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Requiem: The Pity of War

Ian Bostridge, Antonio Pappano (Warner Classics)

Our rating 
4.0 out of 5 star rating 4.0
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Requiem: The Pity of War
Butterworth: A Shropshire Lad; Kurt Weill: Four Walt Whitman Songs; Mahler: Des Knaben Wunderhorn – ‘Wo die schönen Trompeten blasen’, ‘Revelge’, ‘Der Tamboursg’sell’; Stephan: Ich will dir singen ein Hohelied
Ian Bostridge (tenor), Antonio Pappano (piano)
Warner Classics 9029566156   54:17 mins

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This recital unites four figures closely associated with the World Wars. George Butterworth and Rudi Stephan died young in World War I; the Kurt Weill songs were written during the 1940s; and Gustav Mahler’s late-Romantic style distils the precarious, tragic magnificence which preceded these decades of bloodshed.

Butterworth’s settings from A Shropshire Lad are given a moving treatment with a flexible approach to tempo. Even ‘Is my team ploughing’, which can easily slip into absurdity, has dignity and pathos. Stephan’s six songs, dating from 1913-15 (a year before his death, aged 28) are fascinating settings of poetry by Gerda von Robertus. Although quite brief, the songs offer plenty of stylistic variety, including lyric tenderness, vigour, and expressionist luxuriance. The dramatic, occasionally rhapsodic Whitman settings by Weill offer a complete contrast, the violence of ‘Beat! Beat! Drums!’ jolting us out of Stephan’s sweet torpor. The closing Mahler songs from Des Knaben Wunderhorn can be shockingly ugly (and rightly so), but I wiped away a tear in ‘Wo die schönen Trompeten blasen’. Ian Bostridge’s singing is impressively mercurial, ranging from sweetly tender to harshly aggressive, with a surprising baritonal edge, and crystal-clear text. Antonio Pappano’s unsentimental accompaniment, richly replete with orchestral sonorities but never overpowering, reveals his vast experience of working with voice and orchestra. Although drawn from a relatively brief span of history, this recital offers a kaleidoscopic and thought-provoking range of responses to the pity, waste and horror of war.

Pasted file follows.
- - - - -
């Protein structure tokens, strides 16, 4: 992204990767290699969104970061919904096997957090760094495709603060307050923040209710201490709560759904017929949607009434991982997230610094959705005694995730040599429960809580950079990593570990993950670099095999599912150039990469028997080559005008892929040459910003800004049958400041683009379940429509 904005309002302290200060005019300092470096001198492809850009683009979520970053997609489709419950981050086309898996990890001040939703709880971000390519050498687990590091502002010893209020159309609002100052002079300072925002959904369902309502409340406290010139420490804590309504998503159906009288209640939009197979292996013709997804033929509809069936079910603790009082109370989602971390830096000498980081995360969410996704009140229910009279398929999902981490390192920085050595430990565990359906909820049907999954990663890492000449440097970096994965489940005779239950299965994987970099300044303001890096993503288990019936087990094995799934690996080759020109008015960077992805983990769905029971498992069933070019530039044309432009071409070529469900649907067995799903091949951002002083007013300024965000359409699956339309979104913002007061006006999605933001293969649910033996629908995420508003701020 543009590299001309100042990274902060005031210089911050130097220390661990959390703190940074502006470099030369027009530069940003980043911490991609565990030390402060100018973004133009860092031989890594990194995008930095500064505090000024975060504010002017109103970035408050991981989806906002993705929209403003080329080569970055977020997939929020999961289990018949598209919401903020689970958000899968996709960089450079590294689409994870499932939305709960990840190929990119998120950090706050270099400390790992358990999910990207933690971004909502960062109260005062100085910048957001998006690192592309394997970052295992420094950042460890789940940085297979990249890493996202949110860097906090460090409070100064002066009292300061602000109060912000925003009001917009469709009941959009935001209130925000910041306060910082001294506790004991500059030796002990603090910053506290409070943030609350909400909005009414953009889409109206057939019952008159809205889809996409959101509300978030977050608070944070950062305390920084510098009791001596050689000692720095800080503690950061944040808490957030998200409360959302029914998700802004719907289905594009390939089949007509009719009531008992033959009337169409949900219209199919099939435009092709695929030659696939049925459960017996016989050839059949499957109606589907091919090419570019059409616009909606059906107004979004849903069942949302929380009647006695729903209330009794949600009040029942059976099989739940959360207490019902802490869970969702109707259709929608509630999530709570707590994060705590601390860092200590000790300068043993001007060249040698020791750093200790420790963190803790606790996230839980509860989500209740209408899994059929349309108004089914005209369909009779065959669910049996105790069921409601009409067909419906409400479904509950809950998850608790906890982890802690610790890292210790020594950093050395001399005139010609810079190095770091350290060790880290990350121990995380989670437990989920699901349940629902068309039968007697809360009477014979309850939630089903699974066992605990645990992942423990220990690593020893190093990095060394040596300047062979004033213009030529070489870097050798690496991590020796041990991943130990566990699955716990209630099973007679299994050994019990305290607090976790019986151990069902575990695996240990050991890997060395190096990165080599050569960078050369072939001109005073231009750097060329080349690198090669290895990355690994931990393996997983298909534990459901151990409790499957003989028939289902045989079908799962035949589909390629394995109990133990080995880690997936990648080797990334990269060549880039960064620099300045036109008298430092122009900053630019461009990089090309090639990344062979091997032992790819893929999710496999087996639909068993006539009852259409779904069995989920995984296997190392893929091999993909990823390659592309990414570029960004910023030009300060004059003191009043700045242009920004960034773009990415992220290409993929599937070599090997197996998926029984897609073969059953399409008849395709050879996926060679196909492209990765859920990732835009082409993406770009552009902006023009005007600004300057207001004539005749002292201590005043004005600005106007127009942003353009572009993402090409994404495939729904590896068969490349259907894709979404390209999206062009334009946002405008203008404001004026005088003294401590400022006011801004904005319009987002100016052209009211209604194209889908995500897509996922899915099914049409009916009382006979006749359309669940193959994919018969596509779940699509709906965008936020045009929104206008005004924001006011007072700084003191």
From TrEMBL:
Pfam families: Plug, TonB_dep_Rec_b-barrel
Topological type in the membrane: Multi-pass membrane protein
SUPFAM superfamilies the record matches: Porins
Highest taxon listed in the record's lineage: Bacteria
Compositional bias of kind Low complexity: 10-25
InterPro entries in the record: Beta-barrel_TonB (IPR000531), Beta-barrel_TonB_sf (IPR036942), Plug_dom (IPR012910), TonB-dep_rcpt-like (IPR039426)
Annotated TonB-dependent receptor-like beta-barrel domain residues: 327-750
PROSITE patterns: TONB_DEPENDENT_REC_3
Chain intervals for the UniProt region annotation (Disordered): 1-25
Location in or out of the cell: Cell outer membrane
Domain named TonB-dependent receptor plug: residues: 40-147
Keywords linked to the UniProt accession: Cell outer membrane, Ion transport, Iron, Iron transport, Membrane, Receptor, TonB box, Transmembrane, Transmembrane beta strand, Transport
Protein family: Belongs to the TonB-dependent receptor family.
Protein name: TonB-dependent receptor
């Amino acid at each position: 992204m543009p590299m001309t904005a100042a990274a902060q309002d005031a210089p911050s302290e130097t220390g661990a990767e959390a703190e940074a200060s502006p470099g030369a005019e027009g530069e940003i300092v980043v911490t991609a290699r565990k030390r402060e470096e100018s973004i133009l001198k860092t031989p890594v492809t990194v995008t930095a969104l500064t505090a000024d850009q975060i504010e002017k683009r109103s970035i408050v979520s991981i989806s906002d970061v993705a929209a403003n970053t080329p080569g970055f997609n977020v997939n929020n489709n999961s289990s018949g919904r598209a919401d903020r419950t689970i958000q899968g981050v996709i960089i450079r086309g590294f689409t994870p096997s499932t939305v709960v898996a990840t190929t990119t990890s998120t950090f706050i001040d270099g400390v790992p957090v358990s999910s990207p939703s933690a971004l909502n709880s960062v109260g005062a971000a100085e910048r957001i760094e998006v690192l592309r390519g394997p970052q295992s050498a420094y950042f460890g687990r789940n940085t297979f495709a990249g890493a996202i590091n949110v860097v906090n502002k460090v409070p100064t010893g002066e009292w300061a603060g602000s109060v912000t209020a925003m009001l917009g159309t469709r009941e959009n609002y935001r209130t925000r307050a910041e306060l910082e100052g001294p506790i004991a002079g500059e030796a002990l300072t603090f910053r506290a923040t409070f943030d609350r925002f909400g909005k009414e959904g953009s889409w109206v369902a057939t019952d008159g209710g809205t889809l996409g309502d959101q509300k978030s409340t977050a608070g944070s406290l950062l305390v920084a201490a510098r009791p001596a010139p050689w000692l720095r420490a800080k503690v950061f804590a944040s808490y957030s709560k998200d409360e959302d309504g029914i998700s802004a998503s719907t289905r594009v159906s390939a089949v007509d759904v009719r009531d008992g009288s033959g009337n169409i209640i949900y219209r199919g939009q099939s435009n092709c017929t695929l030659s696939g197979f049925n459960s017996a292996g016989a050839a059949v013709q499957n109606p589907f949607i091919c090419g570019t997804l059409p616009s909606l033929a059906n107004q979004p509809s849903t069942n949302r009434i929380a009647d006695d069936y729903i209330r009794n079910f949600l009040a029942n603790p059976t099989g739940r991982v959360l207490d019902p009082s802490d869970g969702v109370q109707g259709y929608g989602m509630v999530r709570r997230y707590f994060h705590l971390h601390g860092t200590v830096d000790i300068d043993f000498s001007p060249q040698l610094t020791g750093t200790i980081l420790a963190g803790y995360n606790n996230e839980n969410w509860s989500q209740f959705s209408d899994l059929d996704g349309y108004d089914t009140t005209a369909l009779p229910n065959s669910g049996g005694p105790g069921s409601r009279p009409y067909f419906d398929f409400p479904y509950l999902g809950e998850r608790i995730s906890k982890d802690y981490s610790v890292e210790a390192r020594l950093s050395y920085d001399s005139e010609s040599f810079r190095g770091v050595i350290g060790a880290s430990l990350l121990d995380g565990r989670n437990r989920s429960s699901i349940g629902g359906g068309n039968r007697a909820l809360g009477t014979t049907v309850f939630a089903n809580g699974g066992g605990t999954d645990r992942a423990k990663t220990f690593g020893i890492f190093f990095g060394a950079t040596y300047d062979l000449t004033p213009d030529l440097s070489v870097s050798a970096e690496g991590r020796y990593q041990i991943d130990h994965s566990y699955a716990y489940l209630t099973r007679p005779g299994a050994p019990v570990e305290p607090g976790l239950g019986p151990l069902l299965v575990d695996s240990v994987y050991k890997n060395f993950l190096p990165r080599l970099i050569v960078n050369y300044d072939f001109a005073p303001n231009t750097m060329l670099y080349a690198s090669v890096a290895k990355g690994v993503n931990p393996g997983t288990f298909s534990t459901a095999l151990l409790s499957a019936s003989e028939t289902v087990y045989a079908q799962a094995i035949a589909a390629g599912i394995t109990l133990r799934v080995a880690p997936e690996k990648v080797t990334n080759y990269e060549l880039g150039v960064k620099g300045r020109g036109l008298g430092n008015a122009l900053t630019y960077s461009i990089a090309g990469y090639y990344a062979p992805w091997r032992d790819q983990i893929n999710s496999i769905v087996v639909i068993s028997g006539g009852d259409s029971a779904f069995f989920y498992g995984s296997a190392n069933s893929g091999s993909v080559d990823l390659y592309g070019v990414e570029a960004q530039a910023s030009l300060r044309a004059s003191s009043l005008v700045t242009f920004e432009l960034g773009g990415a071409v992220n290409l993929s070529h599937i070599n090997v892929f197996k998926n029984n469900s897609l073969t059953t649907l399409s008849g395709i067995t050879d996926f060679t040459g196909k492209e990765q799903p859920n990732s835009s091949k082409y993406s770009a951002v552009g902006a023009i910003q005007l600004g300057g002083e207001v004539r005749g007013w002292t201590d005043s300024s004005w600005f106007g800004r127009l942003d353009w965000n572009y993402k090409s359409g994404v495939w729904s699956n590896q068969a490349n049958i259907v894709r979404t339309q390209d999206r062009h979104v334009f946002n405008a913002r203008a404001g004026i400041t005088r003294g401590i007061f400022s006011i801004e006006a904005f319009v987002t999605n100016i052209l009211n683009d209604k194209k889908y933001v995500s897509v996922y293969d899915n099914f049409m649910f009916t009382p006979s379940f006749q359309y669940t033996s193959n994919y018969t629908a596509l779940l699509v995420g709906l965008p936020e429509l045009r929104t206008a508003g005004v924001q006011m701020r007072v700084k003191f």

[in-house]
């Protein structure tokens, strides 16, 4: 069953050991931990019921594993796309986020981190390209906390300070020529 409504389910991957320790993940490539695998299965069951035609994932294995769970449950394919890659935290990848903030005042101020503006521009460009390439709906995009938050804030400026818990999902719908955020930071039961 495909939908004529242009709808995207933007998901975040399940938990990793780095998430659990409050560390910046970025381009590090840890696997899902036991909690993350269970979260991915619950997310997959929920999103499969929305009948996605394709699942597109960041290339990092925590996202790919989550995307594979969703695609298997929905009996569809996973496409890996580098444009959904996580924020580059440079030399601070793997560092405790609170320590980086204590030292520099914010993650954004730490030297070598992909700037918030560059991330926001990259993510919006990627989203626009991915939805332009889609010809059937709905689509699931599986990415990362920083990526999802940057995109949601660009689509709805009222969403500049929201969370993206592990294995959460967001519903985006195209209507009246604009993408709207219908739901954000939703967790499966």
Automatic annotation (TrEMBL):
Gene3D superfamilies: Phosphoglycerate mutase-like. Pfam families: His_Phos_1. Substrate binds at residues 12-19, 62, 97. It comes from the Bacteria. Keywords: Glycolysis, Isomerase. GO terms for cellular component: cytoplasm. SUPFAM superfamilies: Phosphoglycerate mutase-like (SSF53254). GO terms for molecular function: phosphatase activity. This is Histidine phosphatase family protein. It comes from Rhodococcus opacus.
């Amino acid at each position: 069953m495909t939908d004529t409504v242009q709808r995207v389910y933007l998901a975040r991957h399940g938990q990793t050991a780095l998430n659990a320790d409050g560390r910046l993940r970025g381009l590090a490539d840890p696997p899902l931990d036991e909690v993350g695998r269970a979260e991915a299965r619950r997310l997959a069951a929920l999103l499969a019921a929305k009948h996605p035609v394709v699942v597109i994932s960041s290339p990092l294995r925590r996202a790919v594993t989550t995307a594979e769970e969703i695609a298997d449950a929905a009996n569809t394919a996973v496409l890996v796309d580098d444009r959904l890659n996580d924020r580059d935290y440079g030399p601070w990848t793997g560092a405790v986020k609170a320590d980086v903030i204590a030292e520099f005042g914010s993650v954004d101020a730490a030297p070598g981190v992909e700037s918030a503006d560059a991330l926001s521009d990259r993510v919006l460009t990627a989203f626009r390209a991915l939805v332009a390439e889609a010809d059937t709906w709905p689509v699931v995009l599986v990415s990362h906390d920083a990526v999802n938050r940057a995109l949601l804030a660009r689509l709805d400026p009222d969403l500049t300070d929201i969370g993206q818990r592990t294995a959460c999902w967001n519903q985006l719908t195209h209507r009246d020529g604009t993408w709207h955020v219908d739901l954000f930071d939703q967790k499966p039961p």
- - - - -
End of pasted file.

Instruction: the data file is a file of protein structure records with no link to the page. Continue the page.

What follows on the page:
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Natasha Loges